Yesterday saw the conclusion of my longest serial so far, ‘The Homestead’.
Spanning a period from 1864 until 1957, as you might imagine this took a great deal of careful research. Set in America, a country I have never visited, it included the Civil War, The Wild West, The Cattle Ranch explosion, The Oil Boom, and both world wars.
Not only that, it featured numerous real people, alongside my own cast of fictional characters. And they included Conferderate veterans, northerners from New York State, Native Americans, former slaves, as well as a gambler from Louisiana. I had to consider their accents, phrases, speech patterns, life experiences, and aspirations, getting that all across to the readers as best as I could.
And remembering that 65% of my readers are Americans, I had to make sure to be as accurate as possible.
This saga presented me with many problems, some of which were geographical. How long does it take to travel from Virginia to Kansas in a wagon pulled by two horses? And in 1865, with no major roads, only trails? How far is is from Topeka to Wichita? How long can horses pull a wagon before needing water?
What is the range of a hunting rifle? One loaded through the muzzle, and discharged by use of a percussion cap. When did a railroad arrive in Kansas? And when did that get to Wichita? How long did Wyatt Earp work as a policeman in that city, and why did he leave?
Every paragraph presented a research problem, most of which were fortunately solved through the wonders of Google Search. I can only imagine how hard it was to write a piece like this before the Internet, having to use contmporary writing as a source, and physically travelling to view the archives of newspapers in the western states.
Over such a long period, dates are also a problem. How old was Phin in 1890? If Julian was born when his mother was 35 years old, what year was that? Two full pages of notes, and a lot of subtraction and additon were required to keep an accurate track of events. The research took as long as writing each episode, and developed its own form of ‘reference library’ on those notebook pages.
As the writer, it was an immensely satisfying experience, and something of an achievement. But as a blogger, it was disappointing. After so much work, this serial proved to be the least attractive to readers. Rareley getting more than 50 views for each episode, and never exceeding 60 on the best day, total views amounted to around 2,600. Considering the 48 episodes, that was my least read serial so far. Comments were low as well, restricted to much the same core of regular readers every day.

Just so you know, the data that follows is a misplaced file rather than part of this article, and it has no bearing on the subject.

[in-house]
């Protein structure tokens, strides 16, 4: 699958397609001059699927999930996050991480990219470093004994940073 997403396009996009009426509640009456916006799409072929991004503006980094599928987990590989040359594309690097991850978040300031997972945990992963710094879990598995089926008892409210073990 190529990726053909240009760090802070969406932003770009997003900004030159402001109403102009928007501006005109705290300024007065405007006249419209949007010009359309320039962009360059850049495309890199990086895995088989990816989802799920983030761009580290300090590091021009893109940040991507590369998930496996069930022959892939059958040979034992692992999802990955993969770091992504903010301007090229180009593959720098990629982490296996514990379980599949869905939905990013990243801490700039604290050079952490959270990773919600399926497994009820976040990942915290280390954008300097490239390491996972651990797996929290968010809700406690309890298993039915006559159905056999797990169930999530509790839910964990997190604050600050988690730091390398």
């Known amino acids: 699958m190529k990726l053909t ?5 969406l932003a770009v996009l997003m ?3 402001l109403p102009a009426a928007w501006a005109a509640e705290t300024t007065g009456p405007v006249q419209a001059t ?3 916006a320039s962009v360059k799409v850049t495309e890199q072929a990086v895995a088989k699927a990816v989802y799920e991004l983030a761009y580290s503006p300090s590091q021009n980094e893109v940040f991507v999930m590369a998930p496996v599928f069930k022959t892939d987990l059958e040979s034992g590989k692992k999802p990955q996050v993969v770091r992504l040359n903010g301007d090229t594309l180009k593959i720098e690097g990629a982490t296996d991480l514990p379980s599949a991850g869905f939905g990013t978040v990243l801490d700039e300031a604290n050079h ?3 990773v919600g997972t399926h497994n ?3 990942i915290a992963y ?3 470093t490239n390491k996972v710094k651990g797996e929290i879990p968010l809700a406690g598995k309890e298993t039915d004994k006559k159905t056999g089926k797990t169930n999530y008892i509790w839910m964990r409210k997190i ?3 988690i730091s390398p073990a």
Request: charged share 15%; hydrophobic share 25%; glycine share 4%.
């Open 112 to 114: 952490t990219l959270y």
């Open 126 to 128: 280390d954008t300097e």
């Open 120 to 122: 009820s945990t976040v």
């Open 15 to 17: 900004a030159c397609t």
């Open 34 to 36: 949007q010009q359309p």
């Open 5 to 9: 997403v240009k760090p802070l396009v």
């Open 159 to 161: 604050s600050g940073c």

There were times during this serial when I seriously thought about abandoning fiction completely, and wondered if I had any skill at it whatsoever.
But I continued to write it, because I love the daily discipline of writing a serial.
From episode 36, two thirds of the way through the story, there was a ‘time jump’ combined with a new ‘narrator’ who entered unannounced. This sudden change of scene proved to be too much for some readers, and at least 10 people abandoned the serial, going by the by the daily views.
I feel that warrants some explanation.
The story was based on a photo seen on Maggie’s blog. https://fromcavewalls.wordpress.com/about-this-blog/
Like my photo-prompt short stories, this was a serial prompted by an idea after seeing a photo, and that photo appeared at the head of each episode. It is dated ‘Sep 57’, and shows a house. So my story started in my head in 1957, and was worked back 93 years to get to the start in a circular fashion. In my mind, there was no ‘time jump’. But I knew that might confuse readers, so did my best to issue a few warnings in the comments.
There was also a possible ‘secret’ in the life of the main character. I had an idea that readers would expect that to be revealed, pehaps anticipating a last minute twist. But that would have been contrived and unrealistic, so I did not succumb to inventing a solution to that secret.
As usual, I would like to express my sincere thanks to everyone who read this serial, and especially those who read every single episode. With a word count of around 800-900 words every day, for 48 episodes, that is a huge ask of anyone. And we were still in the throes of a pandemic, as well as including the approach to Christmas, followed by New Year.
Thank you all. That means a great deal to me, more than you know. Thanks also to everyone who shared parts on social media, took the time to leave regular comments and likes, and a few who also reblogged some parts.
The complete story will be available soon, in one very long blog post. I hope that still works for those of you who like to read the whole thing as one long story.
Another serial will undoubtedly follow in due course, afte a short rest.
Best wishes to everyone, Pete.